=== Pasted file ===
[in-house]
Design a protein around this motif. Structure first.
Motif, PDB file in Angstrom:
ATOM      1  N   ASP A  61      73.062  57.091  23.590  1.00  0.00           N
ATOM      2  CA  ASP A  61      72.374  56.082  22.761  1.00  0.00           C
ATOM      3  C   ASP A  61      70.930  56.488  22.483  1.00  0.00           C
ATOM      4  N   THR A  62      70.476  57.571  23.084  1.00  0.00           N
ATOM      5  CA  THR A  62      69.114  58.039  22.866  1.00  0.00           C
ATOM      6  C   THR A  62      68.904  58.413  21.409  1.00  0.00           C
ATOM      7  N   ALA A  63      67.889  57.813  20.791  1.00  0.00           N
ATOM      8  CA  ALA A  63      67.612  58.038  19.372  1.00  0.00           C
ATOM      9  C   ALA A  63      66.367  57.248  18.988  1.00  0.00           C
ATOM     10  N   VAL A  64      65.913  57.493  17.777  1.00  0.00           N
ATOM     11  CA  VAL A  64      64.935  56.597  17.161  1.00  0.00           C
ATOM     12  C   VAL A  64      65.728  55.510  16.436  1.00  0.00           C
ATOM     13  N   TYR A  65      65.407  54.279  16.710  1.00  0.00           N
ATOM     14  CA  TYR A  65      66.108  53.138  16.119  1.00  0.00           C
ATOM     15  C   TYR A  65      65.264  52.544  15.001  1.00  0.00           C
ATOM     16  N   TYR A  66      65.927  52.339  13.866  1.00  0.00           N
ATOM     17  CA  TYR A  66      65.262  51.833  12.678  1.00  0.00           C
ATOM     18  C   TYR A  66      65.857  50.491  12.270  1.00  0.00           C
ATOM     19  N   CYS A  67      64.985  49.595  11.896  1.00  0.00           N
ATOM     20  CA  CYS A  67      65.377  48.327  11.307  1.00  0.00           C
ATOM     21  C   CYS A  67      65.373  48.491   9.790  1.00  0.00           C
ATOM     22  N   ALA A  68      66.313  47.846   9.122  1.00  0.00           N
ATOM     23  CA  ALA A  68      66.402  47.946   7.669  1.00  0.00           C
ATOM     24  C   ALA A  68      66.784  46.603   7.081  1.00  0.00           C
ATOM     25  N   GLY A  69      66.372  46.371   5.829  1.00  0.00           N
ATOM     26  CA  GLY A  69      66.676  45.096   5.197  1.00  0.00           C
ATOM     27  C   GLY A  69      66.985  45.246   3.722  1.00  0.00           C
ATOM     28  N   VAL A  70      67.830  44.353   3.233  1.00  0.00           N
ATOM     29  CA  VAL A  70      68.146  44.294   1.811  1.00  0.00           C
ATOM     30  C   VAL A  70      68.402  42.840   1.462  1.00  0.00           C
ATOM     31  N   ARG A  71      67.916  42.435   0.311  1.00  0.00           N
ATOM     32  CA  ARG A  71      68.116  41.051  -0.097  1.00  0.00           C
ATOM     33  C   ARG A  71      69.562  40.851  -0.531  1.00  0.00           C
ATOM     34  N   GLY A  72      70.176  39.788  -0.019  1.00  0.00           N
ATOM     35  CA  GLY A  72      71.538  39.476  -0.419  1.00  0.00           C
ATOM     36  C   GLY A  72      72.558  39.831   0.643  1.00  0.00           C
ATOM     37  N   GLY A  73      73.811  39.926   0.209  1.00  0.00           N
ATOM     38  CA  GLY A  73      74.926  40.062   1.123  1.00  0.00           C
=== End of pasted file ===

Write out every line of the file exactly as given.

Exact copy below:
[in-house]
Design a protein around this motif. Structure first.
Motif, PDB file in Angstrom:
ATOM      1  N   ASP A  61      73.062  57.091  23.590  1.00  0.00           N
ATOM      2  CA  ASP A  61      72.374  56.082  22.761  1.00  0.00           C
ATOM      3  C   ASP A  61      70.930  56.488  22.483  1.00  0.00           C
ATOM      4  N   THR A  62      70.476  57.571  23.084  1.00  0.00           N
ATOM      5  CA  THR A  62      69.114  58.039  22.866  1.00  0.00           C
ATOM      6  C   THR A  62      68.904  58.413  21.409  1.00  0.00           C
ATOM      7  N   ALA A  63      67.889  57.813  20.791  1.00  0.00           N
ATOM      8  CA  ALA A  63      67.612  58.038  19.372  1.00  0.00           C
ATOM      9  C   ALA A  63      66.367  57.248  18.988  1.00  0.00           C
ATOM     10  N   VAL A  64      65.913  57.493  17.777  1.00  0.00           N
ATOM     11  CA  VAL A  64      64.935  56.597  17.161  1.00  0.00           C
ATOM     12  C   VAL A  64      65.728  55.510  16.436  1.00  0.00           C
ATOM     13  N   TYR A  65      65.407  54.279  16.710  1.00  0.00           N
ATOM     14  CA  TYR A  65      66.108  53.138  16.119  1.00  0.00           C
ATOM     15  C   TYR A  65      65.264  52.544  15.001  1.00  0.00           C
ATOM     16  N   TYR A  66      65.927  52.339  13.866  1.00  0.00           N
ATOM     17  CA  TYR A  66      65.262  51.833  12.678  1.00  0.00           C
ATOM     18  C   TYR A  66      65.857  50.491  12.270  1.00  0.00           C
ATOM     19  N   CYS A  67      64.985  49.595  11.896  1.00  0.00           N
ATOM     20  CA  CYS A  67      65.377  48.327  11.307  1.00  0.00           C
ATOM     21  C   CYS A  67      65.373  48.491   9.790  1.00  0.00           C
ATOM     22  N   ALA A  68      66.313  47.846   9.122  1.00  0.00           N
ATOM     23  CA  ALA A  68      66.402  47.946   7.669  1.00  0.00           C
ATOM     24  C   ALA A  68      66.784  46.603   7.081  1.00  0.00           C
ATOM     25  N   GLY A  69      66.372  46.371   5.829  1.00  0.00           N
ATOM     26  CA  GLY A  69      66.676  45.096   5.197  1.00  0.00           C
ATOM     27  C   GLY A  69      66.985  45.246   3.722  1.00  0.00           C
ATOM     28  N   VAL A  70      67.830  44.353   3.233  1.00  0.00           N
ATOM     29  CA  VAL A  70      68.146  44.294   1.811  1.00  0.00           C
ATOM     30  C   VAL A  70      68.402  42.840   1.462  1.00  0.00           C
ATOM     31  N   ARG A  71      67.916  42.435   0.311  1.00  0.00           N
ATOM     32  CA  ARG A  71      68.116  41.051  -0.097  1.00  0.00           C
ATOM     33  C   ARG A  71      69.562  40.851  -0.531  1.00  0.00           C
ATOM     34  N   GLY A  72      70.176  39.788  -0.019  1.00  0.00           N
ATOM     35  CA  GLY A  72      71.538  39.476  -0.419  1.00  0.00           C
ATOM     36  C   GLY A  72      72.558  39.831   0.643  1.00  0.00           C
ATOM     37  N   GLY A  73      73.811  39.926   0.209  1.00  0.00           N
ATOM     38  CA  GLY A  73      74.926  40.062   1.123  1.00  0.00           C